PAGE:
Friday, June 27, 2008, 06:35 pm
O2 to open early, may unlock iPhone 3G after one yearBritish carrier O2 plans a prompt morning launch for the iPhone 3G, AppleInsider has learned, and hints that it may unlock the iPhone for use on any carrier for Pay As You Go customers.
Appearing to confirm some recent rumors senior O2 retail sources in the Midlands region of the UK claim that all company stores will officially open at 7:05AM local time, well ahead of normal schedules. The real-world opening is expected to be 7:02AM (a take on the company name) in keeping with a young tradition started when the original iPhone launched at 6:02PM for its November launch.
The shift from evening to morning reflects rumors of an early American launch that is believed by some to be necessary to handle the long wait times for in-store activating plans, which are believed to take roughly 10 minutes or more per customer.
O2 is also said by the new sources to begin stocking up on iPhone 3G units the week before the launch rather than the just-in-time deliveries that were made in some areas with launches of the original Apple cellphone. Demo units may be in use shortly afterwards, according to the reports.
For some customers, though, the most important news may come a year later. Separate O2 staff are suggesting that the wireless carrier's usual policy of offering an unlock code for Pay As You Go phones after 12 months will remain true for iPhone 3G.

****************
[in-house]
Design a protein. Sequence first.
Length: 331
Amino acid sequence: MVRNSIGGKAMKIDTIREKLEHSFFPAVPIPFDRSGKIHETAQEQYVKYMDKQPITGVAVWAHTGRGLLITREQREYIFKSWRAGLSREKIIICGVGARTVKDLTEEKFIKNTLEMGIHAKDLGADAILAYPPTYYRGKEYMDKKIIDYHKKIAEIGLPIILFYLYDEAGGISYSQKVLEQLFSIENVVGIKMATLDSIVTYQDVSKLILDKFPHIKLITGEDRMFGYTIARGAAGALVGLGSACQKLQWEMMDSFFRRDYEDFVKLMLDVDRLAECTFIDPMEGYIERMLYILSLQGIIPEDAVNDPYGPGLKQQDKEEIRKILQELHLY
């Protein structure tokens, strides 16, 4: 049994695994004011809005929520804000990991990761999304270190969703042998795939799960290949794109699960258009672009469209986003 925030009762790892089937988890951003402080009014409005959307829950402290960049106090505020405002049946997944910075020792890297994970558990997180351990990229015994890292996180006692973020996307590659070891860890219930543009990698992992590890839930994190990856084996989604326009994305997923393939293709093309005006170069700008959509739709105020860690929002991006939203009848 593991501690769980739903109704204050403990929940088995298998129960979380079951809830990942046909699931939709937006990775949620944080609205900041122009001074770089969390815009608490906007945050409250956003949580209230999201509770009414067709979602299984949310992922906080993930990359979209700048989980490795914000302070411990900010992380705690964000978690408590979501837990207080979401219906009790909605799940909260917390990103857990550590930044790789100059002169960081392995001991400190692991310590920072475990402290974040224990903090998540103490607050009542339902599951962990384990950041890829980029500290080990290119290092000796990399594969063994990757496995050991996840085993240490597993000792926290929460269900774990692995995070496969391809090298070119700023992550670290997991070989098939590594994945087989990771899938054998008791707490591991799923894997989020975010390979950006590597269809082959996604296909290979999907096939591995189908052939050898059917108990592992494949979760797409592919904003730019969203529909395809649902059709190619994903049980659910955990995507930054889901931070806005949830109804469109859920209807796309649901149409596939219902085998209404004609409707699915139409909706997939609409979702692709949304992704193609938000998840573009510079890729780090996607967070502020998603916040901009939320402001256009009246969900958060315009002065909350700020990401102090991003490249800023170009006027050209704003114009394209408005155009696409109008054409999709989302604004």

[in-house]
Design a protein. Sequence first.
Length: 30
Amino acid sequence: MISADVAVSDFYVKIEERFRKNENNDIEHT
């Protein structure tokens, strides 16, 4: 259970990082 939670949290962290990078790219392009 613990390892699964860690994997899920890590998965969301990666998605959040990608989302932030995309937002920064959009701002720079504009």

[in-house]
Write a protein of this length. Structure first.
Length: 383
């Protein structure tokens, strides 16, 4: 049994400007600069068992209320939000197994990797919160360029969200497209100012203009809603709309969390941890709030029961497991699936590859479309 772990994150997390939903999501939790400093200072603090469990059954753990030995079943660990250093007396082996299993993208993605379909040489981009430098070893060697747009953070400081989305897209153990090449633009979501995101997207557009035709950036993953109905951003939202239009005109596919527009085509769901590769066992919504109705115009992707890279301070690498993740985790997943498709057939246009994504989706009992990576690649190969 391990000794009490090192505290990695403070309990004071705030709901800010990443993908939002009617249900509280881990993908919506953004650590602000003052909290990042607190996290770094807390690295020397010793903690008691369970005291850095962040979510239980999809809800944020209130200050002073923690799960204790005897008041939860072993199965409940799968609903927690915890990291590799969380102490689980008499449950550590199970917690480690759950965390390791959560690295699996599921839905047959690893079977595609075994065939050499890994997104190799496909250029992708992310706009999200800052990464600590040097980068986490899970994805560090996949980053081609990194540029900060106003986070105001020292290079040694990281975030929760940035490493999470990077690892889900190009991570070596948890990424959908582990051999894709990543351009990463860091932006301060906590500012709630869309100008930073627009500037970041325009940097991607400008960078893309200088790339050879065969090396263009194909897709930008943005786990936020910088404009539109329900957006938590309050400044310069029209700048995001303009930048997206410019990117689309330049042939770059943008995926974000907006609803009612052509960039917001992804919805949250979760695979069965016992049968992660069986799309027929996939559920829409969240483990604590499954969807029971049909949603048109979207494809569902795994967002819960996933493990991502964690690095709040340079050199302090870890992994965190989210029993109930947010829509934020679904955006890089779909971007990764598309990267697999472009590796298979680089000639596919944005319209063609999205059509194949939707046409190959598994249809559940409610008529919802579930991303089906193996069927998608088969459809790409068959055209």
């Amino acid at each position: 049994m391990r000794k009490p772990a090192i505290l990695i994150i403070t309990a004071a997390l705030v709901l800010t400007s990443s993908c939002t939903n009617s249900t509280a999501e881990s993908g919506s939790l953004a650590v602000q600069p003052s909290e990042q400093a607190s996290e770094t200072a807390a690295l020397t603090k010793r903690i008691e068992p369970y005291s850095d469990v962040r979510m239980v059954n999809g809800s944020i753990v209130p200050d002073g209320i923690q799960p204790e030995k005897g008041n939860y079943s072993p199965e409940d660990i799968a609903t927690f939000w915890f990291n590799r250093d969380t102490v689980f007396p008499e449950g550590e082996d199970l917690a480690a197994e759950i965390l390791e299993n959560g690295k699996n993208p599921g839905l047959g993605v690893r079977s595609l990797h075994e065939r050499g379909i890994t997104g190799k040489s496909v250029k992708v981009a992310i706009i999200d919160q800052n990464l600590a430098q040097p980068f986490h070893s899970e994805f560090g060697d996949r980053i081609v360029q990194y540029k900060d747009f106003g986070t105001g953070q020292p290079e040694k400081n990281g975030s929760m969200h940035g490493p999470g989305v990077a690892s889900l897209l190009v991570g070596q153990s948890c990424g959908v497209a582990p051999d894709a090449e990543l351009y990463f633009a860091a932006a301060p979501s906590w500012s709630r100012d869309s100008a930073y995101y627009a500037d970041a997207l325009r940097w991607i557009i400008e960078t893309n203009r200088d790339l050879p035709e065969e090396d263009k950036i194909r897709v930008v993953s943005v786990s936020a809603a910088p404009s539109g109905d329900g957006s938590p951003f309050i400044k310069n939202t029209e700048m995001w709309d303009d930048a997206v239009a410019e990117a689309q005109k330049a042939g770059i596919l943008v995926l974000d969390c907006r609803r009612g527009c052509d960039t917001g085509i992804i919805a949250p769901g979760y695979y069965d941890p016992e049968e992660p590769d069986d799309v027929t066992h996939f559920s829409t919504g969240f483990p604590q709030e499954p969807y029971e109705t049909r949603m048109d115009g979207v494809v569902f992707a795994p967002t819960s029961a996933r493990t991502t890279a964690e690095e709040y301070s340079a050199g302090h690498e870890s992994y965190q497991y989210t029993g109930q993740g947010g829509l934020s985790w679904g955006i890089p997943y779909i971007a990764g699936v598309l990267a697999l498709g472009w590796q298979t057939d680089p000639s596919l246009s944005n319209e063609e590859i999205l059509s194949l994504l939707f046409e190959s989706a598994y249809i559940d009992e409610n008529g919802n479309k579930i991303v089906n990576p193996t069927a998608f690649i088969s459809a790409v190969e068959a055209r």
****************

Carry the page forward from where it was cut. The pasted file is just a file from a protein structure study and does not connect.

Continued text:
While the request for an unlock code costs £15, the gesture would at least theoretically allow iPhone customers in Britain to use their handsets on competing networks such as 3 or Vodafone or to swap SIM cards temporarily for local phone service while on vacation.
It's unknown as to whether or not this policy will hold. For the original iPhone, Apple is known to have taken extra steps in hardware to prevent unlocking , but now is relying primarily on the service signup requirement to guarantee use with official providers.
It would also represent one of the first instances where unlocked iPhones would be sanctioned as a matter of policy rather than law; unlocked iPhone 3G units will be sold in France, for example, but primarily because providers aren't allowed to offer an exclusive device without it also being available as a stand-alone unlocked version.
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